Santa Monica, Calif. The attorney for Meg Whitman’s former housekeeper released a copy Thursday of a purported 2003 letter that she says shows the Republican gubernatorial candidate knew all along that the maid might be an illegal immigrant.
The letter from the Social Security Administration has emerged as a potentially explosive document in the California governor’s race between Whitman and Democrat Jerry Brown. Whitman has called for tougher sanctions against employers who hire illegal workers, and the fact that she had an illegal immigrant on her payroll for a number of years could undercut her credibility.
At issue is whether Whitman knew about the government letter in 2003, as attorney Gloria Allred and the former housekeeper have alleged. Whitman said she and her husband never saw the letter.
But Allred produced a copy of the letter Thursday that she says shows Whitman’s husband, Dr. Griffith Harsh, partially filled it out. If true, that would mean Whitman and her husband were aware of the immigration problem years ago.
“At bottom of letter, Dr. Harsh has written: ‘Nicky, please check this. Thanks,”’ Allred said, adding that the housekeeper recognized the handwriting as belonging to Whitman’s husband.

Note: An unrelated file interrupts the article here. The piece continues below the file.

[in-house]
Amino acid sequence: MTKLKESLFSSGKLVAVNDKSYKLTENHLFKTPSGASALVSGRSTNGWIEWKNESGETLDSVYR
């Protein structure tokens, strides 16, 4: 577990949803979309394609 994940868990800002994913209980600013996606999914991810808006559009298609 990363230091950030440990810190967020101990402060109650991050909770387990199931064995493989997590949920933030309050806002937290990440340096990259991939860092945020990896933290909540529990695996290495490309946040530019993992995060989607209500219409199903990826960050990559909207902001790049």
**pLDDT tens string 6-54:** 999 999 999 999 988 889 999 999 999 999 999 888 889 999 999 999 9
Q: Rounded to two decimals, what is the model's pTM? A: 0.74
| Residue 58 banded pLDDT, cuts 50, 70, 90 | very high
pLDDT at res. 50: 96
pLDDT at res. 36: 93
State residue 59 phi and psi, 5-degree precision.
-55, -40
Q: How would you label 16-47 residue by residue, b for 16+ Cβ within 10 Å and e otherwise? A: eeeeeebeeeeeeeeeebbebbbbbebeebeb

A message left with the Whitman campaign was not immediately returned. Harsh did not respond to questions from The Associated Press about whether he had seen the letter or whether the writing was his.
Whitman said earlier that she and her husband never got the letter, which noted a discrepancy in Diaz Santillan’s Social Security number.
Whitman says they fired Diaz Santillan last year after she told them she was in the U.S. illegally.
She suggested that the housekeeper may have intercepted the letter, since she was in charge of the mail at the couple’s Silicon Valley home.
For a second straight day, Whitman forcefully denied the allegations and called them a “political smear on me, on my family, and based on lies.” She said her Democratic opponent, Jerry Brown, was behind the story and that the housekeeper was being manipulated for political gain.
When asked at a news conference whether the worker might have taken the letter intended for Whitman, she said “it’s very possible.” The housekeeper was in charge of going through the mail, she said.
“She might have been on the lookout for that letter,” Whitman said. “It would pain me to believe that that’s what she might have done but I have no other explanation.”
Whitman said repeatedly that she and her husband were shocked when Diaz Santillan, their housekeeper of nine years, came to them and confessed she was in the U.S. illegally in June 2009, nearly five months after Whitman had announced an exploratory run for California governor. She said she immediately suspended her and later fired her.
The immigration flap has served as a major headache for Whitman in her tight race against Brown. They are in a dead heat according to the latest polls, despite Whitman having spent nearly $120 million of her fortune so far.